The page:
Out in the Burbs

Coming out to oneself as gay or lesbian a generation ago usually
prompted a move to the nearest big city, specifically to those
infamous districts lesbians and gays were known to inhabit.
Greenwich Village in New York, DuPont Circle in Washington, the
Castro district in San Francisco, and other gay enclaves may not
have been the swankest parts of town, but they offered a critical
mass of other homosexuals, allowing for a certain amount of freedom
that was hard to find in, say, Scarsdale or Bethesda or any small
town. Lesbians and gays soon revitalized these neighborhoods,
starting bars, bookstores, theaters, and restaurants.

The politics and style of the lesbian and gay rights movement
were forged in these lively urban centers in the ’70s and ’80s. But
Daniel Mendelsohn in Out magazine (March 1995) reveals that
now growing numbers of lesbians and gays are forsaking urban life
for the suburbs. What will this mean for cities and how will it
change gay and lesbian culture?

At a 1994 meeting of the American Planning Association (APA), a
small group of urban planners discussed the effects of this trend
on cities. Mendelsohn quotes Lilia Medina, a San Francisco census
coordinator who participated in the APA panel: ”A very significant
proportion of housing renovation and neighborhood improvement in
San Francisco has been primarily the result of moderate-income gay
households that have invested work and time in a crowded urban
setting. And they do so for that feeling of freedom, protection and
self-expression provided by gay neighborhoods.” But that freedom
and safety can’t be taken for granted today; urban violence and the
rising cost of living in cities may be two reasons lesbians and
gays are heading to the frontiers of the suburbs and to other less
gay-identified city neighborhoods.

For some time now, gentrified gay enclaves like the Village, the
Castro, and DuPont Circle haven’t been financially accessible to
most lesbians and many gays. Those living there are ‘a mostly
white, mostly male privileged group, which has never constituted a
true sampling of the gay population,’ says Larry Knopp, an
associate professor of geography at the University of Minnesota in
Duluth who was invited to participate in the APA panel. His own
research on gay migration out of New Orleans revealed life-cycle
issues as a primary factor: The pace of life in the suburbs was
more desirable for older gays, who ‘neither needed nor wanted to be
in the thick of the gay scene,’ says Knopp.

The migration may also be a natural progression of the gay and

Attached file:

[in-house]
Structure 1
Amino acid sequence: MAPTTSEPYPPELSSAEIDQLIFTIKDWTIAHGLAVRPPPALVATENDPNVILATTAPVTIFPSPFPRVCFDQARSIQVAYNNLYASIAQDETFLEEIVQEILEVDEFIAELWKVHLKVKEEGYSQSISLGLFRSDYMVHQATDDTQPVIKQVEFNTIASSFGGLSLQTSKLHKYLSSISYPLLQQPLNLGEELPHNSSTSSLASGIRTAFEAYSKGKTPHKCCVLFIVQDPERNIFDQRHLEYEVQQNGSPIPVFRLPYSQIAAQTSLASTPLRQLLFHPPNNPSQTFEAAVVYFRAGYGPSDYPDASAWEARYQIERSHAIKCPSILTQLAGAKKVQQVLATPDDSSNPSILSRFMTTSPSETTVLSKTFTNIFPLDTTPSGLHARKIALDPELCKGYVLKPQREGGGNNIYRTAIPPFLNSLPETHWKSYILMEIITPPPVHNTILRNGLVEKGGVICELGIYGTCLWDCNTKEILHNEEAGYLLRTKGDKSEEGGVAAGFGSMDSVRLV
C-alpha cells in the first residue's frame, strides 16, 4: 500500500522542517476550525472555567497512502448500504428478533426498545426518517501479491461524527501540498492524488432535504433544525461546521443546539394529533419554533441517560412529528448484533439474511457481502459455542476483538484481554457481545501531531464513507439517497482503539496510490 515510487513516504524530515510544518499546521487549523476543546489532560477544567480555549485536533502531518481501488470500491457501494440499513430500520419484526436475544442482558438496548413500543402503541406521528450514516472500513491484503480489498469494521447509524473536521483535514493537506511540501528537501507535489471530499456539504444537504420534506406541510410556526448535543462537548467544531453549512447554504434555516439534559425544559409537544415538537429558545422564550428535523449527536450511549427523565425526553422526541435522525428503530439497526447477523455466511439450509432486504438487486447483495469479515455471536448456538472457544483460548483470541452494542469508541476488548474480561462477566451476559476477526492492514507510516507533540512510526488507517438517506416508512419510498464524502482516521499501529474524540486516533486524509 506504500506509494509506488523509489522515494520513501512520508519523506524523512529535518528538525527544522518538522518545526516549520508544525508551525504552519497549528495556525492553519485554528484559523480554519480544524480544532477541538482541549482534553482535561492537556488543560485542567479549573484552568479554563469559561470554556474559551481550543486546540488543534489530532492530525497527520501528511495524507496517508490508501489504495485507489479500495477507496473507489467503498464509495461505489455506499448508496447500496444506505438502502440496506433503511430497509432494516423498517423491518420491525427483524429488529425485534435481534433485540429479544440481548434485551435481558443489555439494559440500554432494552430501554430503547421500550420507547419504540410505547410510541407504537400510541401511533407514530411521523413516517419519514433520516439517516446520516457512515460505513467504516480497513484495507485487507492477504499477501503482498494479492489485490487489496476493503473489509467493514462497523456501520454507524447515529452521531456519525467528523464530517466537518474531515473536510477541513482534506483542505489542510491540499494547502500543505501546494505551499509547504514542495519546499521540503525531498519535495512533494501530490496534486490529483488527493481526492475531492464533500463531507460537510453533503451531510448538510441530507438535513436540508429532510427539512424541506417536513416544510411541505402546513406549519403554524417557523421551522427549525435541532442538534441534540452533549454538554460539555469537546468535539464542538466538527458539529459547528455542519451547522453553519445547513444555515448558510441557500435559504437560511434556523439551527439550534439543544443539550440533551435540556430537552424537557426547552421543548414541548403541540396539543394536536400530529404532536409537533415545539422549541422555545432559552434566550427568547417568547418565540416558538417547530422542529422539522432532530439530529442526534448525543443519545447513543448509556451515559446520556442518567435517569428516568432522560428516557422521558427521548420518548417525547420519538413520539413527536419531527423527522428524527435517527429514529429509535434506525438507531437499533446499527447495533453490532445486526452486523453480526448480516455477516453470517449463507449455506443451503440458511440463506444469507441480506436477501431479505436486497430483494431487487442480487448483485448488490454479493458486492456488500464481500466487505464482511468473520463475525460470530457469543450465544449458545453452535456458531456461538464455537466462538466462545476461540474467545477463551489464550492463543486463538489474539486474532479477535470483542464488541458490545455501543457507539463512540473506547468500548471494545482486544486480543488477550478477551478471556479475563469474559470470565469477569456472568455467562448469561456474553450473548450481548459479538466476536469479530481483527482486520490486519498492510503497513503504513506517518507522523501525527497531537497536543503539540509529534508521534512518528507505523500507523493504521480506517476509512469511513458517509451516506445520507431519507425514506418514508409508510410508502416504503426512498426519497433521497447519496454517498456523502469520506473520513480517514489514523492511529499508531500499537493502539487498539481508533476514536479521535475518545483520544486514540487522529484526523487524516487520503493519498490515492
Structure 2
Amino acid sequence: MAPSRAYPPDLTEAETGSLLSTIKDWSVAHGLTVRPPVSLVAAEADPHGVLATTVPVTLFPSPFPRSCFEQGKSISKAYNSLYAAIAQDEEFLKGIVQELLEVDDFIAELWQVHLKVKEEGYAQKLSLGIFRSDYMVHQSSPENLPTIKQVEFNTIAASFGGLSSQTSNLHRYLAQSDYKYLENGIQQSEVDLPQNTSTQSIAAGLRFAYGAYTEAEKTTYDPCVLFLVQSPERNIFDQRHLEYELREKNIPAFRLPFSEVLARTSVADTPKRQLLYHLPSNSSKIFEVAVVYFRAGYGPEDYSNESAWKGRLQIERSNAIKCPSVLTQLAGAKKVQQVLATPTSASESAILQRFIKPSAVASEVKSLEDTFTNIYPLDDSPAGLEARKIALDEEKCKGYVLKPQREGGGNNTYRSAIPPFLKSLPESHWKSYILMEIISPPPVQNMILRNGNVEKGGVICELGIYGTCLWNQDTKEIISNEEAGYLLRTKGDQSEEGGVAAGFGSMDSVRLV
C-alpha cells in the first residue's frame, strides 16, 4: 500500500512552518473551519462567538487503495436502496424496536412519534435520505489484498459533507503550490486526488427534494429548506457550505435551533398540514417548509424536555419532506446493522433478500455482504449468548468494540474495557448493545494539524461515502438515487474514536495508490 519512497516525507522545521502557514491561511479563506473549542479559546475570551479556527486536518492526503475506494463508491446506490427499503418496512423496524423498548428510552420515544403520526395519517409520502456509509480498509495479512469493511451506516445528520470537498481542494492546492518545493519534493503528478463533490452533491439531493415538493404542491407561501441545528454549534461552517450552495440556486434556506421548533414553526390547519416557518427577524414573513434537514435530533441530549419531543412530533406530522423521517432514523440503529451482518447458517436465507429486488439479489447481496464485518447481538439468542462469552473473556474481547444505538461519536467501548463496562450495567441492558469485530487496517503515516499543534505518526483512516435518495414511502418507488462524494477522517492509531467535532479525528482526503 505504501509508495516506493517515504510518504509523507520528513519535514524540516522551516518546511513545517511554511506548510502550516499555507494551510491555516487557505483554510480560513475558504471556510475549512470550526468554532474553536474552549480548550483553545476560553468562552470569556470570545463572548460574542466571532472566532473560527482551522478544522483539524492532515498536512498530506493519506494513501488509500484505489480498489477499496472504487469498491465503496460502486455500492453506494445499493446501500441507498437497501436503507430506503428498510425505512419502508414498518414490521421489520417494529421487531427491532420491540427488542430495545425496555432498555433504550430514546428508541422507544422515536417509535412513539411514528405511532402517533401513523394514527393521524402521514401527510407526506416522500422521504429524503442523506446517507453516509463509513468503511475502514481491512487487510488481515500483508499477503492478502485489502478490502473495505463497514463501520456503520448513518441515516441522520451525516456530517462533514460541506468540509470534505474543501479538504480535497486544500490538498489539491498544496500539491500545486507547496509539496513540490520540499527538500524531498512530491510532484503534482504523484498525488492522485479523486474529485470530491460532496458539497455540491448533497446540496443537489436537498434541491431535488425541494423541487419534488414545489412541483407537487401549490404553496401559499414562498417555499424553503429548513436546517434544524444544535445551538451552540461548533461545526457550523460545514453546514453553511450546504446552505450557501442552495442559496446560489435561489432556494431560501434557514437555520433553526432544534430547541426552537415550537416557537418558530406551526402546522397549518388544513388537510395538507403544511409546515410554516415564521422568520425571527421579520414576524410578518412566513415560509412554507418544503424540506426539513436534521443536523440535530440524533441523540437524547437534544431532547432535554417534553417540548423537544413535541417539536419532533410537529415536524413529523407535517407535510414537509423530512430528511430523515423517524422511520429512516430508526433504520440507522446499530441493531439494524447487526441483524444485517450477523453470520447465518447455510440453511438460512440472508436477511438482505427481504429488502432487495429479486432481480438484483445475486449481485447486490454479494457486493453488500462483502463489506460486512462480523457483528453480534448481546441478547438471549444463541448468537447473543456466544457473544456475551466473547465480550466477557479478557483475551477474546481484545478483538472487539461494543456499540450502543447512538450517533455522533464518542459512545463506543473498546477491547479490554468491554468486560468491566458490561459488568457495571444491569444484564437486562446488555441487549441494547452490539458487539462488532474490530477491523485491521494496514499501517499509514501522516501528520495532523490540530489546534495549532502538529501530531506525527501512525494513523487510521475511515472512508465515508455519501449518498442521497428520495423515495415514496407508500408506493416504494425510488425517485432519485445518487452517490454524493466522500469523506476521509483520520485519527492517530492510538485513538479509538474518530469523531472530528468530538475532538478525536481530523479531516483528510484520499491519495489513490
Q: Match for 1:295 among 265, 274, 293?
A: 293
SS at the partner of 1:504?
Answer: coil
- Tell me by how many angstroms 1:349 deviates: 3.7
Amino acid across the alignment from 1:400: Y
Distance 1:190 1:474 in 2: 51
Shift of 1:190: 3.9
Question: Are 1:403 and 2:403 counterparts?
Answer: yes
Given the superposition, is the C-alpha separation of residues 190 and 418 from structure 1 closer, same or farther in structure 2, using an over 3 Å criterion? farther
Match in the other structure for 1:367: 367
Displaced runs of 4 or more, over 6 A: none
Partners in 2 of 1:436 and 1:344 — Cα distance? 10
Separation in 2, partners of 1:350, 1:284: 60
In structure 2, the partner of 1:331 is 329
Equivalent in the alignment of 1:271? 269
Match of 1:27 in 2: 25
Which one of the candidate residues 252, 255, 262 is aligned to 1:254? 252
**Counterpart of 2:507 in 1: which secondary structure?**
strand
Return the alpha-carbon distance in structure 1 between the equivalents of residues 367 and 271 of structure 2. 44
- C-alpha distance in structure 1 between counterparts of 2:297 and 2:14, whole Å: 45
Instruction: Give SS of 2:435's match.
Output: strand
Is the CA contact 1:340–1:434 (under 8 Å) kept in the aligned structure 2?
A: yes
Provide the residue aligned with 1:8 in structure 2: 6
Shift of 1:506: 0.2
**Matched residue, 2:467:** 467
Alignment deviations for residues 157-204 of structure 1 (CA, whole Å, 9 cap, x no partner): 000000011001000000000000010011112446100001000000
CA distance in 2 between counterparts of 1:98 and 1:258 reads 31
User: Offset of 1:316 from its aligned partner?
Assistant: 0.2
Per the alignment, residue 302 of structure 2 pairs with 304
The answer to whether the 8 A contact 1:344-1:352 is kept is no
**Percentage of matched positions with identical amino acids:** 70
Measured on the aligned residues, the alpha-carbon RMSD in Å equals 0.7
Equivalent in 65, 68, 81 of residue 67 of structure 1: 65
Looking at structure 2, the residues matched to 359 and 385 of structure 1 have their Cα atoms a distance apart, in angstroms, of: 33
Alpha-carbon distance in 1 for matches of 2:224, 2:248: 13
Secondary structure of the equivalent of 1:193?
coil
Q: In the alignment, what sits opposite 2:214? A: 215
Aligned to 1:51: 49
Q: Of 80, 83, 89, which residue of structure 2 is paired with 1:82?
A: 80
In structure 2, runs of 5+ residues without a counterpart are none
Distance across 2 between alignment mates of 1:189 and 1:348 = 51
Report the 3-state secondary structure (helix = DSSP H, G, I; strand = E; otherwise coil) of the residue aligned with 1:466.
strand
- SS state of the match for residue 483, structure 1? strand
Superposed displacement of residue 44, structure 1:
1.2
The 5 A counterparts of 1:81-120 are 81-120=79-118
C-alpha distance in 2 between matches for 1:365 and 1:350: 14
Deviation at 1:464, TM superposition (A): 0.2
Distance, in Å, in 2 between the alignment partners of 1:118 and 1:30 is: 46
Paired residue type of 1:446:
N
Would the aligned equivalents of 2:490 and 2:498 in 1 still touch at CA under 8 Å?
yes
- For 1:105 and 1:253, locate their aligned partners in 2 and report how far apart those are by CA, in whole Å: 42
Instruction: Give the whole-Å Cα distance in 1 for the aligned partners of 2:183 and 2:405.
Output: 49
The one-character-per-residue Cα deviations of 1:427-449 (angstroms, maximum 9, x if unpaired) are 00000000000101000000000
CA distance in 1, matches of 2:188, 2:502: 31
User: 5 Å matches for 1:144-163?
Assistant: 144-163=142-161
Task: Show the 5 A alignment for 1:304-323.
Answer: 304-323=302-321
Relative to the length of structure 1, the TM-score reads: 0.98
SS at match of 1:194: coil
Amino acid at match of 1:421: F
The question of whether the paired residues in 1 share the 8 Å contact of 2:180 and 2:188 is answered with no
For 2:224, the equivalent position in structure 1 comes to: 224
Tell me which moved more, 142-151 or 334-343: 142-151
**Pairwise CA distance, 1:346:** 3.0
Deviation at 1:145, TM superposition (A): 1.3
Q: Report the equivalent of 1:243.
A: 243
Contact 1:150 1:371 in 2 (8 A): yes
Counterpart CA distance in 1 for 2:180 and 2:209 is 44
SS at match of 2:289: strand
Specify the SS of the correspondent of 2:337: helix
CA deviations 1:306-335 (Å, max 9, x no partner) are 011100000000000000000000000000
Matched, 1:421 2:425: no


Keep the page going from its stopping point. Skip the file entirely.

lesbian civil rights struggle, a cautiously triumphant return to
the place where many of them grew up. With lesbians on the cover of
Newsweek and gay characters appearing on television, suburban
America seems somewhat more able to tolerate lesbians and gays than
in years past. While Mendelsohn talks broadly about gay migration
to the suburbs, Knopp points out that gays and lesbians are
selecting inner-ring suburbs that allow them easy access to the
city and are ‘yuppie liberal’ as opposed to ‘family-values
conservative.’ In fact, though Mendelsohn makes it seem as if the
choice is either Castro Street or Edge City, gays and lesbians
still do live in large numbers in other urban neighborhoods.

Will the migration from the gay enclaves be the swan song of gay
culture? Mendelsohn argues that it means gays and lesbians no
longer subscribe to the notion that sexuality alone shapes
identity. ‘Issues once almost exclusively associated with
‘mainstream’ life — monogamy, family, children — are becoming
increasingly important for gay men and women,’ he writes. But this
is hardly new: Many lesbians came out after a heterosexual marriage
and were already raising children, and in the ’70s many moved to
the country or lived in group houses in the not-so-trendy
neighborhoods on the fringes of the often unaffordable gay
enclaves.

Mendelsohn wonders this: What makes us lesbian or gay if we’re
living next door to the Cleavers? What exactly is a ‘gay’ life
these days? ‘Such questions,’ writes Mendelsohn, ‘have led some to
wonder whether the concept of gay identity itself… isn’t somehow
artificial — like the gay enclaves themselves, a reaction to
external pressure rather than a natural expression of some
irreducible, internal essence.’

Just because some lesbians and gays crave the lawns and malls of
suburbia, attendance at gay pride rallies won’t necessarily drop.
You can be an AIDS activist and come home to a split-level ranch
house. Maybe the issue isn’t losing a culture but transforming it.
Knopp notes that groups like Queer Nation and ACT UP have created
Queers Out Shopping campaigns in suburban shopping malls and
Queers’ Night Out in heterosexual sports bars. The new gay identity
may not be about circling our wagons but about moving into the
mainstream, on our own terms: out and proud

Original to Utne Reader Online

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